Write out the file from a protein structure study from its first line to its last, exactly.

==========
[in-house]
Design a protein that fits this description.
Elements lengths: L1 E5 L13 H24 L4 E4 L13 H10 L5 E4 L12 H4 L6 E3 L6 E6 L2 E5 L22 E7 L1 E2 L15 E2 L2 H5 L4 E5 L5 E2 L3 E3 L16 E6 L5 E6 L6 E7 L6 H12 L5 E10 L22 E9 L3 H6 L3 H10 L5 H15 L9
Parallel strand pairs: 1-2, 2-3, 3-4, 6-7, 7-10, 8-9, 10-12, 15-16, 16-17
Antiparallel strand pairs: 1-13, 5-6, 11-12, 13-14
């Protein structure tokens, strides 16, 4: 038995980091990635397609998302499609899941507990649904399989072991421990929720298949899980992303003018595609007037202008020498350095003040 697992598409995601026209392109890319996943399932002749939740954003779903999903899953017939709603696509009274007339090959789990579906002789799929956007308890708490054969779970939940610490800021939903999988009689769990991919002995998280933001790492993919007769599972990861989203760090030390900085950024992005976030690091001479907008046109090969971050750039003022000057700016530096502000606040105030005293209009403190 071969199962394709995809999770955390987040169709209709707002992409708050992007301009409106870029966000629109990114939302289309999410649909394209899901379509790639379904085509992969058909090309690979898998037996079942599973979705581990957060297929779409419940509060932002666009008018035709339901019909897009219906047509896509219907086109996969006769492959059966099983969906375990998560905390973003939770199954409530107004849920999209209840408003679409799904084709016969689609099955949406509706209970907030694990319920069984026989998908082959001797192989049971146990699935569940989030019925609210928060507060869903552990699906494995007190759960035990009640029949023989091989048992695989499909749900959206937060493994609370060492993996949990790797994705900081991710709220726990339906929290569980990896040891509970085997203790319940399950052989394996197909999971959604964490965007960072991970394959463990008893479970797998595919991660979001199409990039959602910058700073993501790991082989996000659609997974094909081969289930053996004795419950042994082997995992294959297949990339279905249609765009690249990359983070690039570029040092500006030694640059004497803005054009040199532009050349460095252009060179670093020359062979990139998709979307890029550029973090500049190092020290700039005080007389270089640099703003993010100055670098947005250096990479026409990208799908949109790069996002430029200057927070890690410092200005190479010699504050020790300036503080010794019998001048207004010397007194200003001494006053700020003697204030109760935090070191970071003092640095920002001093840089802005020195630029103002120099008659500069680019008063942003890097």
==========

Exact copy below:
[in-house]
Design a protein that fits this description.
Elements lengths: L1 E5 L13 H24 L4 E4 L13 H10 L5 E4 L12 H4 L6 E3 L6 E6 L2 E5 L22 E7 L1 E2 L15 E2 L2 H5 L4 E5 L5 E2 L3 E3 L16 E6 L5 E6 L6 E7 L6 H12 L5 E10 L22 E9 L3 H6 L3 H10 L5 H15 L9
Parallel strand pairs: 1-2, 2-3, 3-4, 6-7, 7-10, 8-9, 10-12, 15-16, 16-17
Antiparallel strand pairs: 1-13, 5-6, 11-12, 13-14
């Protein structure tokens, strides 16, 4: 038995980091990635397609998302499609899941507990649904399989072991421990929720298949899980992303003018595609007037202008020498350095003040 697992598409995601026209392109890319996943399932002749939740954003779903999903899953017939709603696509009274007339090959789990579906002789799929956007308890708490054969779970939940610490800021939903999988009689769990991919002995998280933001790492993919007769599972990861989203760090030390900085950024992005976030690091001479907008046109090969971050750039003022000057700016530096502000606040105030005293209009403190 071969199962394709995809999770955390987040169709209709707002992409708050992007301009409106870029966000629109990114939302289309999410649909394209899901379509790639379904085509992969058909090309690979898998037996079942599973979705581990957060297929779409419940509060932002666009008018035709339901019909897009219906047509896509219907086109996969006769492959059966099983969906375990998560905390973003939770199954409530107004849920999209209840408003679409799904084709016969689609099955949406509706209970907030694990319920069984026989998908082959001797192989049971146990699935569940989030019925609210928060507060869903552990699906494995007190759960035990009640029949023989091989048992695989499909749900959206937060493994609370060492993996949990790797994705900081991710709220726990339906929290569980990896040891509970085997203790319940399950052989394996197909999971959604964490965007960072991970394959463990008893479970797998595919991660979001199409990039959602910058700073993501790991082989996000659609997974094909081969289930053996004795419950042994082997995992294959297949990339279905249609765009690249990359983070690039570029040092500006030694640059004497803005054009040199532009050349460095252009060179670093020359062979990139998709979307890029550029973090500049190092020290700039005080007389270089640099703003993010100055670098947005250096990479026409990208799908949109790069996002430029200057927070890690410092200005190479010699504050020790300036503080010794019998001048207004010397007194200003001494006053700020003697204030109760935090070191970071003092640095920002001093840089802005020195630029103002120099008659500069680019008063942003890097």